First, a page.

Marja and her husband Wim own biological chicken farm Biohof. Since 2014 they shelter 18.500 chicken.
I met Marja on Twitter. She actively tweets about things to happen at the farm, photo’s and issues involving farmers. Very interesting to read which regulations restrict farmers and how some politicians talk about things that they don’t know a lot about. There are quite some farmers active on twitter trying to show the other side, and try to tell what is really happening.
What makes a chicken farm a biological farm?
Before the chickens arrive at Biohof, they stay in a breeding company. This is where the difference to not biological chicken starts. From the point of their arrival in the breeding company, they eat biological food only. So food produced without pesticides and fertiliser. The chickens also have to be able to go outside and have more space in the stables.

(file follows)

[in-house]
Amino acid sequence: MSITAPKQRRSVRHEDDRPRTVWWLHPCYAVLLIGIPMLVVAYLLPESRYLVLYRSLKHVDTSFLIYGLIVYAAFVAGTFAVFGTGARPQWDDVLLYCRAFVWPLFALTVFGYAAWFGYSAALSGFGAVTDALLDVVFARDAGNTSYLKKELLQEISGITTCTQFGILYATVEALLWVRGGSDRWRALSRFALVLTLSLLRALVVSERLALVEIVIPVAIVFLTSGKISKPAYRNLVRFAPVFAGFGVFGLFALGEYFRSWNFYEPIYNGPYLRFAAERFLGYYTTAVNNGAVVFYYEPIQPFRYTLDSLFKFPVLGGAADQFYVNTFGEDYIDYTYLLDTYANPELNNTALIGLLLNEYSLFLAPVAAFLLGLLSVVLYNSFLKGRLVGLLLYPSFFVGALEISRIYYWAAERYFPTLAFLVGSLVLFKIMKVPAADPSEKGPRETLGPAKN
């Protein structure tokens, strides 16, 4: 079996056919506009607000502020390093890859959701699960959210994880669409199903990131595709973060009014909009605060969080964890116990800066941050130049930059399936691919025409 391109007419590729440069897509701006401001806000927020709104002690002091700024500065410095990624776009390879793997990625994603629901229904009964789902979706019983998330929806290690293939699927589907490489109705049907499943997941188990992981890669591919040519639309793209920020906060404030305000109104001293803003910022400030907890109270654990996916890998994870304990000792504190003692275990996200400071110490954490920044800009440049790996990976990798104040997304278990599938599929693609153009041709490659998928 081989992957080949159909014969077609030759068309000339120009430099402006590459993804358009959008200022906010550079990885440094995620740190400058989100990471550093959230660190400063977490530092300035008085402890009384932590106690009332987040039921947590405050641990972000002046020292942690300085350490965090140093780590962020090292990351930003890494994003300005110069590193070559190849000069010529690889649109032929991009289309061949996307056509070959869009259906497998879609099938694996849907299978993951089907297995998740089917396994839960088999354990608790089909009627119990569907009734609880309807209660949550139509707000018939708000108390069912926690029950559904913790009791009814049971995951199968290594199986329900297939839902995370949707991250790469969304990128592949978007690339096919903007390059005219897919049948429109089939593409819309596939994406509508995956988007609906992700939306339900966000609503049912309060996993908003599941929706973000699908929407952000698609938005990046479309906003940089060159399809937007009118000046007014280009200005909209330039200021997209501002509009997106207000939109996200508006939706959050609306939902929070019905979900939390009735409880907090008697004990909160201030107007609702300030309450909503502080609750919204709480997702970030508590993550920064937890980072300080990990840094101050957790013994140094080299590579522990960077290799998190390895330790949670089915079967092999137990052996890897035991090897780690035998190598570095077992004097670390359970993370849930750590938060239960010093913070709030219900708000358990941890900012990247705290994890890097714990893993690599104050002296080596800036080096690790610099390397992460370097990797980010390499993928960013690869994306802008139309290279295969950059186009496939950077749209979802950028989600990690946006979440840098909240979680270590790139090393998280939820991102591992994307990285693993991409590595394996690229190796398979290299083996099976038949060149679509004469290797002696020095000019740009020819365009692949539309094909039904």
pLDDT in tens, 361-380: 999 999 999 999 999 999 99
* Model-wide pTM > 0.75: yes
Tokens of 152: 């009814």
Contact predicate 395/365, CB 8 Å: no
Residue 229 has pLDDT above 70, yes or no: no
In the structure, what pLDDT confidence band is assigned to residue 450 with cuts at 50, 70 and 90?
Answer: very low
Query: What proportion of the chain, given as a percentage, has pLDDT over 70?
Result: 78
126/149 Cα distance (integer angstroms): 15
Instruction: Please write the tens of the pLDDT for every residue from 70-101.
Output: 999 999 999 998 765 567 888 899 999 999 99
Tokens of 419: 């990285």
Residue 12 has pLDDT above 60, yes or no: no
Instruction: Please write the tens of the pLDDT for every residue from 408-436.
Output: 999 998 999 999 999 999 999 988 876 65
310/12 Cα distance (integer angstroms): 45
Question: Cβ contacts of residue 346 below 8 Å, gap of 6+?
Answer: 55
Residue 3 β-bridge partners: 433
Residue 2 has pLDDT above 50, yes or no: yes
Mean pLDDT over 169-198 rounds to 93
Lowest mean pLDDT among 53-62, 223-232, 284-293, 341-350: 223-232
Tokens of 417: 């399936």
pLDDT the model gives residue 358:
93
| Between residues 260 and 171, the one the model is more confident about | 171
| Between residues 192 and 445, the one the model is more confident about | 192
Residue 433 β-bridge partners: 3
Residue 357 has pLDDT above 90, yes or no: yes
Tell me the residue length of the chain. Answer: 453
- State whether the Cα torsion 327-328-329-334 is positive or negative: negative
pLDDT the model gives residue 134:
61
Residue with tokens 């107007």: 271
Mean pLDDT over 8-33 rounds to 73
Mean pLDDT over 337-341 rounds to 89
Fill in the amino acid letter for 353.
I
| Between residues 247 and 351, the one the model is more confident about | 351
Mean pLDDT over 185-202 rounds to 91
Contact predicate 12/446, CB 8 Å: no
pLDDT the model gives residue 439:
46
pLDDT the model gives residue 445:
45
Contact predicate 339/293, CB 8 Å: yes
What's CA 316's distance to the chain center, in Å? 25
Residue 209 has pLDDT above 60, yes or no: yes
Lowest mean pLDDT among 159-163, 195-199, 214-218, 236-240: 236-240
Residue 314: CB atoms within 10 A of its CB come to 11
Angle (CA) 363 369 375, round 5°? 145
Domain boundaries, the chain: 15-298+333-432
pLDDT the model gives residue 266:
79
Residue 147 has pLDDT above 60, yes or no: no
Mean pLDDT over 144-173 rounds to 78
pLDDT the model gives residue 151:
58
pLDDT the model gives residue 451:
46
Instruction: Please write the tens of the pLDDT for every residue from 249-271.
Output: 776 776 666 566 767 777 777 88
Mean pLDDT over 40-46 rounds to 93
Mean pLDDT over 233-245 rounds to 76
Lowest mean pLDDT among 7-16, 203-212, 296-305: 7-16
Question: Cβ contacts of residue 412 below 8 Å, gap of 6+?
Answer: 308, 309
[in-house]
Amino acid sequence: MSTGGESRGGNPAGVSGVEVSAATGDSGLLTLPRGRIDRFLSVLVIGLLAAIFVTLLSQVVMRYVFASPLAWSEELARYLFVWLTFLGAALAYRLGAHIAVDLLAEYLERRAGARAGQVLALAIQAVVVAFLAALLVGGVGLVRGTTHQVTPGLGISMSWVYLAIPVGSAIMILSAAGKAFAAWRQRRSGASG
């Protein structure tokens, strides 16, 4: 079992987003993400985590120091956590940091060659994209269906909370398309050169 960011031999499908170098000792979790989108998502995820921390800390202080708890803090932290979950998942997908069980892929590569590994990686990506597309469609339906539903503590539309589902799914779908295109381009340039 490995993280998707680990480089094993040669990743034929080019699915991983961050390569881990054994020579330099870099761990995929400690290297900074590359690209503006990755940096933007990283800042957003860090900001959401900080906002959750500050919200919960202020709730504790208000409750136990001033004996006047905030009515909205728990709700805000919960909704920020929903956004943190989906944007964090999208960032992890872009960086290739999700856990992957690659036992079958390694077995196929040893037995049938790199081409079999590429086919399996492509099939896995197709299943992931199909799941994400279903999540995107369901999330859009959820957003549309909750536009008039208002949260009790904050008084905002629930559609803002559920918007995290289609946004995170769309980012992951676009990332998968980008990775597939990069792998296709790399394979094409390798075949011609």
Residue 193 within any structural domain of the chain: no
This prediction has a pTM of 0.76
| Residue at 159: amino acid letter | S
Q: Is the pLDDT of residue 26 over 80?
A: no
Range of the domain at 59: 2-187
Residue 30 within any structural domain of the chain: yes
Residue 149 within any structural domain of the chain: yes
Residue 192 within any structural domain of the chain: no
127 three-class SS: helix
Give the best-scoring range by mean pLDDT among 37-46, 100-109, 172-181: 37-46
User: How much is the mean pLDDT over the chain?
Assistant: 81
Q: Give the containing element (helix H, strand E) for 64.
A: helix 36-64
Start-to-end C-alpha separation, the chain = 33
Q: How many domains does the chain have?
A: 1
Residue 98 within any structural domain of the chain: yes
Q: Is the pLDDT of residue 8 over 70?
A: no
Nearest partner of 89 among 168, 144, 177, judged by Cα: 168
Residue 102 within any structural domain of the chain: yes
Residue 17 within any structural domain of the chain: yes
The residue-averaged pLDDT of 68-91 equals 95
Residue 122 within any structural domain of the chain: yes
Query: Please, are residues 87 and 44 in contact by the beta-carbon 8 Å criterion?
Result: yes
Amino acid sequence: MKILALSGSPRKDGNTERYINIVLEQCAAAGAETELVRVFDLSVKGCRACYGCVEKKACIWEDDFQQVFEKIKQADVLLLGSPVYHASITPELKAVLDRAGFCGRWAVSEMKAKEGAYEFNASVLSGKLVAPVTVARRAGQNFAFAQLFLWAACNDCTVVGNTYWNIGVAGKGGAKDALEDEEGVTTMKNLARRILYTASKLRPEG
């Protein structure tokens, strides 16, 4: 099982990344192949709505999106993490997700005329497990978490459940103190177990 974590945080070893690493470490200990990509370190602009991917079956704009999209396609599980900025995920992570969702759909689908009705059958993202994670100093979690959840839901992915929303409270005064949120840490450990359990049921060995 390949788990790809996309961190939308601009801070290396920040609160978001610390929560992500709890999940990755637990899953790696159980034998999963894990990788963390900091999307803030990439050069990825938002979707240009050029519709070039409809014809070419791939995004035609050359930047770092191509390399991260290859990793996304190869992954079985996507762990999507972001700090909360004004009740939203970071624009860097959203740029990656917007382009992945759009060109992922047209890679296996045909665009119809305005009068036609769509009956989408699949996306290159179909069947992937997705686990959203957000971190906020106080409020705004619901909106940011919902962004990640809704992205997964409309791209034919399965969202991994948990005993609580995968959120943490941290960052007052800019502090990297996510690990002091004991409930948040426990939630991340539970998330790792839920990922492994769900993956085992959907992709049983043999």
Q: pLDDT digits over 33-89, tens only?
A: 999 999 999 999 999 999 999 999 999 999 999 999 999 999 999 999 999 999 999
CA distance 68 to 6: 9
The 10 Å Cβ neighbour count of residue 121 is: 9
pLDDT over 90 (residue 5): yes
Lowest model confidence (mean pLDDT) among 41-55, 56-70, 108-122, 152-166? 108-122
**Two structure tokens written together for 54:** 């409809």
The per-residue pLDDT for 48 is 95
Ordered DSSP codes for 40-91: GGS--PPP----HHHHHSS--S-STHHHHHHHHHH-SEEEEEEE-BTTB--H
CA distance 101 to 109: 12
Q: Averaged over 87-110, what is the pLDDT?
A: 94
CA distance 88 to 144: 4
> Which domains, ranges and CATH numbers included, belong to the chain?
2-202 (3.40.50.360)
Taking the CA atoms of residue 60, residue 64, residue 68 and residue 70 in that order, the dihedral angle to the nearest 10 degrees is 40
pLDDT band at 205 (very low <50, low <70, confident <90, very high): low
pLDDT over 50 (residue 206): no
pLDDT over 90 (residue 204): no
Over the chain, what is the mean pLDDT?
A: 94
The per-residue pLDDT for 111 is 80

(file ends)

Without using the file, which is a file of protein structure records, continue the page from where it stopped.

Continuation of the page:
At the age of seventeen weeks the chickens arrive at Biohof. Here they also eat biological food and have space to roam.
To make sure each chicken has enough space, the chickens are divided in two stables and each stable is divided in a couple of areas. Outside the chickens roam the grass, they find shelter under fruit trees, at the pond and in the bamboo forest.
A day out of the life of biological chicken
Most chickens lay six eggs a week, mainly in the morning. When breeding eggs, chickens like to be a bit sheltered. So in the stables of biohof the nests are behind curtains.
Want can you do?
Whenever you buy eggs, have a look at the serial number. The number on the eggs of biological chicken starts with a 0. The 1 stands for free-range eggs, the 2 for indoor housing and the 3 is for cage farming.